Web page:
Personally, I have been working at Cross-Search for 25 years. I started as a sophomore in college and spent a lot of time learning everything I could about the business. After about five years, I started working with advisors in tandem with my father. Slowly, I then began assuming responsibility for various functions across the firm. About two years ago, my father retired after teaching me everything he could. I now run Cross-Search and interact daily with advisors.

WSR: What are the major trends you’re seeing in financial advisor recruitment and M&A so far in 2023, and what are the driving factors behind them?

Papike: I’m thrilled to report that advisor recruitment is quite strong this year. We see little impact from the broader economic and financial market turbulence caused by rising inflation and interest rates. Some of the other major trends have to do with how competitive the landscape has gotten in recruiting, and in order to explain that we have to look at M&A activity.

Part of the reason recruiting has gotten so competitive is the money advisors are offered to make a move, and a lot of that has to do with the fact that many firms now have private equity ownership. This means firms have deeper pockets than they ever have before, so we’re seeing really large transition bonuses for advisors who want to make a move. Before the surge in PE ownership, a broker-dealer that gave an advisor a 90%-plus payout would not have much of a spread left over to also give that advisor a meaningful upfront bonus.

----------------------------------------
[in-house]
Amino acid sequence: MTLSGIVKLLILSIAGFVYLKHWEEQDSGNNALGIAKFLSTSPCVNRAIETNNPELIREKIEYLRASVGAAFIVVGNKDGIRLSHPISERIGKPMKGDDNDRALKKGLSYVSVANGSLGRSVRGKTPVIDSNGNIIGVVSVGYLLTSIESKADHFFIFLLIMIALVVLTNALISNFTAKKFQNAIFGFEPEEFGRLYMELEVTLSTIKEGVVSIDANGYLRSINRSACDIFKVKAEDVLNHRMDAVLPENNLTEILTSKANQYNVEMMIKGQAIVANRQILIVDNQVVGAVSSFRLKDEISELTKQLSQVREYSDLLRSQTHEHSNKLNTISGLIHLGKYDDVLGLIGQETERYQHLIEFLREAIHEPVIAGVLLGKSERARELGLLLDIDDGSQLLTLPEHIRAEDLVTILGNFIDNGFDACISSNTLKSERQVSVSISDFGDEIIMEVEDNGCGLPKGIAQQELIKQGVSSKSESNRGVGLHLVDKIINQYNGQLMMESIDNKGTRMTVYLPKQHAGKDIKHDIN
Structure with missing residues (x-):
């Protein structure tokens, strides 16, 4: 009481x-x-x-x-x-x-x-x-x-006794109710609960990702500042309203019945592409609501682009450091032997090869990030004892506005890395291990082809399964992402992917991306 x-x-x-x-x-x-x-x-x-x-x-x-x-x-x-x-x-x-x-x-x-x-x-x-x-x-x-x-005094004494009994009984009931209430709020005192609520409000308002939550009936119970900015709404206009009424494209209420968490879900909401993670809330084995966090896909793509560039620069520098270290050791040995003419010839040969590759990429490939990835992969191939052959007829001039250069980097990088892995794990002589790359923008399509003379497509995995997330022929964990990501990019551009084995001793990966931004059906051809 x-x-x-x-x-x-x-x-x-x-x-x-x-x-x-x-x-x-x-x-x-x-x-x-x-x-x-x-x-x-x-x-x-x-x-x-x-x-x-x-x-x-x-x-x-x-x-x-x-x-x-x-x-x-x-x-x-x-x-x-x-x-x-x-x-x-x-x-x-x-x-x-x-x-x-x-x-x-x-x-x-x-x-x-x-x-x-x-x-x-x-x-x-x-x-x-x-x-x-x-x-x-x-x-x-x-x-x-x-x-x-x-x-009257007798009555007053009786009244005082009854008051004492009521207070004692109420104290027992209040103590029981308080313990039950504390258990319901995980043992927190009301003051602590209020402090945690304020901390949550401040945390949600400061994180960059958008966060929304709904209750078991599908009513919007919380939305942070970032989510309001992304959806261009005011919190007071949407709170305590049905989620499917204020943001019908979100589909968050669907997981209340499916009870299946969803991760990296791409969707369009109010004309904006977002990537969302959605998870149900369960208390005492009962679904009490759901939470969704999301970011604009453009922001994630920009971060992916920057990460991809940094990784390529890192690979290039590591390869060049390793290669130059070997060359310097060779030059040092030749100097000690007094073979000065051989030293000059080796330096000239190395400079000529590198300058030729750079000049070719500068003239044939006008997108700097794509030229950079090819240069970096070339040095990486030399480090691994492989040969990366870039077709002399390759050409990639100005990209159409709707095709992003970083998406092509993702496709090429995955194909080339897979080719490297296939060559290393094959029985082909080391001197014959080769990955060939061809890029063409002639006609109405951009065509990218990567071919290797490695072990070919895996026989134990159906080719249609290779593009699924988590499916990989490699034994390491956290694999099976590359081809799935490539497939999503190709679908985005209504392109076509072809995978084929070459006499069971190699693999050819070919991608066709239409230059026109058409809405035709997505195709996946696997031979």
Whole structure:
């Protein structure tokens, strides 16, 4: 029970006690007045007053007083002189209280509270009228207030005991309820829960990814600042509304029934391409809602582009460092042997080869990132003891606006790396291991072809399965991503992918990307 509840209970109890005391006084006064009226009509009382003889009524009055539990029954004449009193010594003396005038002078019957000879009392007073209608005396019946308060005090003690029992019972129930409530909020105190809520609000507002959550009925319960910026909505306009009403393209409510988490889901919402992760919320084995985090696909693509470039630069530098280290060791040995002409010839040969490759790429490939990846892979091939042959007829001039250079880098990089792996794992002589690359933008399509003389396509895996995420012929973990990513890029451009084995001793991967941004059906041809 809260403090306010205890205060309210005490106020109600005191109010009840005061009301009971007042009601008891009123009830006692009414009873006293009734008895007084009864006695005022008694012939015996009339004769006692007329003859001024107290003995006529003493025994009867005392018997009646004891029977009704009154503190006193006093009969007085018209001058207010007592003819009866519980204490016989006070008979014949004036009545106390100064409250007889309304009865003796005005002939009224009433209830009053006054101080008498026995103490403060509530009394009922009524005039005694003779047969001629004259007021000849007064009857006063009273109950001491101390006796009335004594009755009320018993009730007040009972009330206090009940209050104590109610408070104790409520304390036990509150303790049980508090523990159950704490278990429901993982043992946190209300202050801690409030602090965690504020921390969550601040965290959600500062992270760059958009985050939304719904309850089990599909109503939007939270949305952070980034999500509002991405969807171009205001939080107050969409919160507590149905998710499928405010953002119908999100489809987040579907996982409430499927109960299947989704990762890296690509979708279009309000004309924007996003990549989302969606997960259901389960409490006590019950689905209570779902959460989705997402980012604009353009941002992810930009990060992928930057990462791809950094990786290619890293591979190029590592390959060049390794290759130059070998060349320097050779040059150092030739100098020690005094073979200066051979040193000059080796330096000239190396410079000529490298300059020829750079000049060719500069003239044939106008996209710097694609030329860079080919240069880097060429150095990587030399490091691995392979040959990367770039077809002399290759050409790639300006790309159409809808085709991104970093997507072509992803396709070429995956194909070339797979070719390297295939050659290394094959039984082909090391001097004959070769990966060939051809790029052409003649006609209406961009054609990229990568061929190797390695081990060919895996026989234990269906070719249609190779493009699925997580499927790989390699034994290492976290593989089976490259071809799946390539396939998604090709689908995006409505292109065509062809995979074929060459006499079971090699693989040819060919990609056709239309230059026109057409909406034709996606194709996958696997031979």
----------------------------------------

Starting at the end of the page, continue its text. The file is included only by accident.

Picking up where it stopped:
Times have changed, bringing not only huge payouts and upfront bonuses but also consolidation. However, as consolidation ramps up, eventually fewer firms may remain independent to compete with one another. Down the line, advisors therefore might have fewer options on where to go when they change firms. Over time, this could lead to less competition among firms that in turn have less incentive to innovate their services, back-office expertise and overall responsiveness for advisors.

Choice is key to obtaining the best technology and practice development resources relevant to a specific advisor. In the long term, potentially excessive consolidation might present advisors with a double-edged sword of increasing financial incentives versus decreasing support. If that transpires, advisors may have to decide whether they should accept the situation at a firm they joined just a few years ago, leave for yet another firm in hopes that its offering remains robust, or even start their own firm.